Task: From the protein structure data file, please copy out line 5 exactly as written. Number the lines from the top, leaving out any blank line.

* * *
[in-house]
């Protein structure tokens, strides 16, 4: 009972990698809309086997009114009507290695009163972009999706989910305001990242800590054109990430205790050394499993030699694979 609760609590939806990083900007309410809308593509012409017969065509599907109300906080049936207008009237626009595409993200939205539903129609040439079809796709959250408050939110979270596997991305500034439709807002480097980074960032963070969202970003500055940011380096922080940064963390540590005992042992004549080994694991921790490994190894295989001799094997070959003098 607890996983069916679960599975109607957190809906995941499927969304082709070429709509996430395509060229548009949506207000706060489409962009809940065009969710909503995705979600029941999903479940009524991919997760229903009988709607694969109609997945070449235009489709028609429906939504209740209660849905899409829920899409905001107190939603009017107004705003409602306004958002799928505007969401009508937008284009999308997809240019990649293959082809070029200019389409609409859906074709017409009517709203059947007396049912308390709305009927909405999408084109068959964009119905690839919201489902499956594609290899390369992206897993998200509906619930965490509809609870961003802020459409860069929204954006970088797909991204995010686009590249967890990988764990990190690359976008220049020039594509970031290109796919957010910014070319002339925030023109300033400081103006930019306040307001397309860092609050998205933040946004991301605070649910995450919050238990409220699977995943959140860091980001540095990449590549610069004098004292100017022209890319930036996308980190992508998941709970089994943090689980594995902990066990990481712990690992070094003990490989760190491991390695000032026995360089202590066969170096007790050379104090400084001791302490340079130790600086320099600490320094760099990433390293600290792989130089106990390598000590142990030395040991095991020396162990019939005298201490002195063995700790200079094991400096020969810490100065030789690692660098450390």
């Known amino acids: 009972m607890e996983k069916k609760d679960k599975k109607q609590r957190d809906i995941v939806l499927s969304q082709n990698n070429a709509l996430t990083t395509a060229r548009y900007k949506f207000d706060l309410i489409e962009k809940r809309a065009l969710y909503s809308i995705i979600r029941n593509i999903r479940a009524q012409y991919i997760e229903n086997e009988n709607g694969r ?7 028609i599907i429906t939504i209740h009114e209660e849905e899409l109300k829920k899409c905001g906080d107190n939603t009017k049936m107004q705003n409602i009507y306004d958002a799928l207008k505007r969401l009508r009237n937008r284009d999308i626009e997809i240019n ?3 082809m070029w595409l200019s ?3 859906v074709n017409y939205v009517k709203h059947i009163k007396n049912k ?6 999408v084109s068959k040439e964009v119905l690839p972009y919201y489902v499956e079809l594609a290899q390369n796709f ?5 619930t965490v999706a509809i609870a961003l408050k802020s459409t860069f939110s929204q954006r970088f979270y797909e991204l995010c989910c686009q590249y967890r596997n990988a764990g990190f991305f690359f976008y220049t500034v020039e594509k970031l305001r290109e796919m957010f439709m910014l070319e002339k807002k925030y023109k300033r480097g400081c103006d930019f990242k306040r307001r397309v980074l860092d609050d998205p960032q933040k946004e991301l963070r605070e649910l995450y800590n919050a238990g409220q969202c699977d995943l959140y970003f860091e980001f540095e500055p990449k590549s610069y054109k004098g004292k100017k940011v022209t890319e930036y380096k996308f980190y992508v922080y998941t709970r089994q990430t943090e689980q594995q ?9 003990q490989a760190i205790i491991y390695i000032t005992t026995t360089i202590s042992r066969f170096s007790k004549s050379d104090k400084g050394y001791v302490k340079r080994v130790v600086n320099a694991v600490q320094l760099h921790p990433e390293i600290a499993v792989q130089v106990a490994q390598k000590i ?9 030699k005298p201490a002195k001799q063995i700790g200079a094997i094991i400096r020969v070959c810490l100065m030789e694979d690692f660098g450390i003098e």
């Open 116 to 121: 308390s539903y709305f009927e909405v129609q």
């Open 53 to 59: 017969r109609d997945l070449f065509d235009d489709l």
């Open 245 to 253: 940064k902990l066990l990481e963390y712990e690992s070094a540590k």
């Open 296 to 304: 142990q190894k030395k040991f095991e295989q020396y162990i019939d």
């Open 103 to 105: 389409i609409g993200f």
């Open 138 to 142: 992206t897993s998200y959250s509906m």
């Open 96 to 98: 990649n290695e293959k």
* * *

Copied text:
């Open 53 to 59: 017969r109609d997945l070449f065509d235009d489709l």